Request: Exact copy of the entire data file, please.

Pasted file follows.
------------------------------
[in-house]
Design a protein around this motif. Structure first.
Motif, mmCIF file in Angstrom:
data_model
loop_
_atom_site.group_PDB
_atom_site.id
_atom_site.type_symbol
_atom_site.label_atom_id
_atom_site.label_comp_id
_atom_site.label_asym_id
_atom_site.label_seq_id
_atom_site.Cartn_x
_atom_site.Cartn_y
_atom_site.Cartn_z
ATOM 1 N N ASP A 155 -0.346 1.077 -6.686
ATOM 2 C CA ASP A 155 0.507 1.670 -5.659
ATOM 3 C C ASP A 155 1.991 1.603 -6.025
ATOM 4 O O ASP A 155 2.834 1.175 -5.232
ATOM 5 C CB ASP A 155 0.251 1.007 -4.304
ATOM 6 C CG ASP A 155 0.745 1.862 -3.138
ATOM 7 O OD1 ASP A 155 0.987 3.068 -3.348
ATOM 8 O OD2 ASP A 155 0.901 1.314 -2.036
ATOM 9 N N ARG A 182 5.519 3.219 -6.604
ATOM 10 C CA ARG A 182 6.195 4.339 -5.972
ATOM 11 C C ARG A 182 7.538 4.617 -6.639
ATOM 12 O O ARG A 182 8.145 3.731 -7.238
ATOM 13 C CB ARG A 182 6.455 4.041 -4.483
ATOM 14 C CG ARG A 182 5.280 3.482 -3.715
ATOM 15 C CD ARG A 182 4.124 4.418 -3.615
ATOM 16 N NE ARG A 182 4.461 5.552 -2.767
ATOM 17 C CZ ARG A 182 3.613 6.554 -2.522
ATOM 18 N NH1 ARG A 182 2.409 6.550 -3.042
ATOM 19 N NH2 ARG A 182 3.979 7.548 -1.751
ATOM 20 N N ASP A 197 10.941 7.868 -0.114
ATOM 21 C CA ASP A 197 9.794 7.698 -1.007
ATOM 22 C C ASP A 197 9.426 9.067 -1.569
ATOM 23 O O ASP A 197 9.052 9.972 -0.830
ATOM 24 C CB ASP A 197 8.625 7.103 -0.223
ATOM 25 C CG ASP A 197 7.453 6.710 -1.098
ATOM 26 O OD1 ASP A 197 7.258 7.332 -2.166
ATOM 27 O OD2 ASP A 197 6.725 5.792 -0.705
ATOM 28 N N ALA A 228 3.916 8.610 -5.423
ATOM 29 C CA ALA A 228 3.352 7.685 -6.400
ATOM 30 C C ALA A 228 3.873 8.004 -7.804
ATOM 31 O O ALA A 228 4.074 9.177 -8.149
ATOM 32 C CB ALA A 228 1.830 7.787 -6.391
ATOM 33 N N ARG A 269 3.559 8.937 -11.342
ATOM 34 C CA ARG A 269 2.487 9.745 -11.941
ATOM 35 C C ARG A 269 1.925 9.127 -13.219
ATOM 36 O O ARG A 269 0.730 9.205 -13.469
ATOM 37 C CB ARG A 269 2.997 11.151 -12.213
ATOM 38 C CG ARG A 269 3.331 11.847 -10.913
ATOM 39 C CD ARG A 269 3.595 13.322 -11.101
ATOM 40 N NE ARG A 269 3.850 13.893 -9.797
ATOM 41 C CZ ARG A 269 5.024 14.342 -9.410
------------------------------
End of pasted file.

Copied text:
[in-house]
Design a protein around this motif. Structure first.
Motif, mmCIF file in Angstrom:
data_model
loop_
_atom_site.group_PDB
_atom_site.id
_atom_site.type_symbol
_atom_site.label_atom_id
_atom_site.label_comp_id
_atom_site.label_asym_id
_atom_site.label_seq_id
_atom_site.Cartn_x
_atom_site.Cartn_y
_atom_site.Cartn_z
ATOM 1 N N ASP A 155 -0.346 1.077 -6.686
ATOM 2 C CA ASP A 155 0.507 1.670 -5.659
ATOM 3 C C ASP A 155 1.991 1.603 -6.025
ATOM 4 O O ASP A 155 2.834 1.175 -5.232
ATOM 5 C CB ASP A 155 0.251 1.007 -4.304
ATOM 6 C CG ASP A 155 0.745 1.862 -3.138
ATOM 7 O OD1 ASP A 155 0.987 3.068 -3.348
ATOM 8 O OD2 ASP A 155 0.901 1.314 -2.036
ATOM 9 N N ARG A 182 5.519 3.219 -6.604
ATOM 10 C CA ARG A 182 6.195 4.339 -5.972
ATOM 11 C C ARG A 182 7.538 4.617 -6.639
ATOM 12 O O ARG A 182 8.145 3.731 -7.238
ATOM 13 C CB ARG A 182 6.455 4.041 -4.483
ATOM 14 C CG ARG A 182 5.280 3.482 -3.715
ATOM 15 C CD ARG A 182 4.124 4.418 -3.615
ATOM 16 N NE ARG A 182 4.461 5.552 -2.767
ATOM 17 C CZ ARG A 182 3.613 6.554 -2.522
ATOM 18 N NH1 ARG A 182 2.409 6.550 -3.042
ATOM 19 N NH2 ARG A 182 3.979 7.548 -1.751
ATOM 20 N N ASP A 197 10.941 7.868 -0.114
ATOM 21 C CA ASP A 197 9.794 7.698 -1.007
ATOM 22 C C ASP A 197 9.426 9.067 -1.569
ATOM 23 O O ASP A 197 9.052 9.972 -0.830
ATOM 24 C CB ASP A 197 8.625 7.103 -0.223
ATOM 25 C CG ASP A 197 7.453 6.710 -1.098
ATOM 26 O OD1 ASP A 197 7.258 7.332 -2.166
ATOM 27 O OD2 ASP A 197 6.725 5.792 -0.705
ATOM 28 N N ALA A 228 3.916 8.610 -5.423
ATOM 29 C CA ALA A 228 3.352 7.685 -6.400
ATOM 30 C C ALA A 228 3.873 8.004 -7.804
ATOM 31 O O ALA A 228 4.074 9.177 -8.149
ATOM 32 C CB ALA A 228 1.830 7.787 -6.391
ATOM 33 N N ARG A 269 3.559 8.937 -11.342
ATOM 34 C CA ARG A 269 2.487 9.745 -11.941
ATOM 35 C C ARG A 269 1.925 9.127 -13.219
ATOM 36 O O ARG A 269 0.730 9.205 -13.469
ATOM 37 C CB ARG A 269 2.997 11.151 -12.213
ATOM 38 C CG ARG A 269 3.331 11.847 -10.913
ATOM 39 C CD ARG A 269 3.595 13.322 -11.101
ATOM 40 N NE ARG A 269 3.850 13.893 -9.797
ATOM 41 C CZ ARG A 269 5.024 14.342 -9.410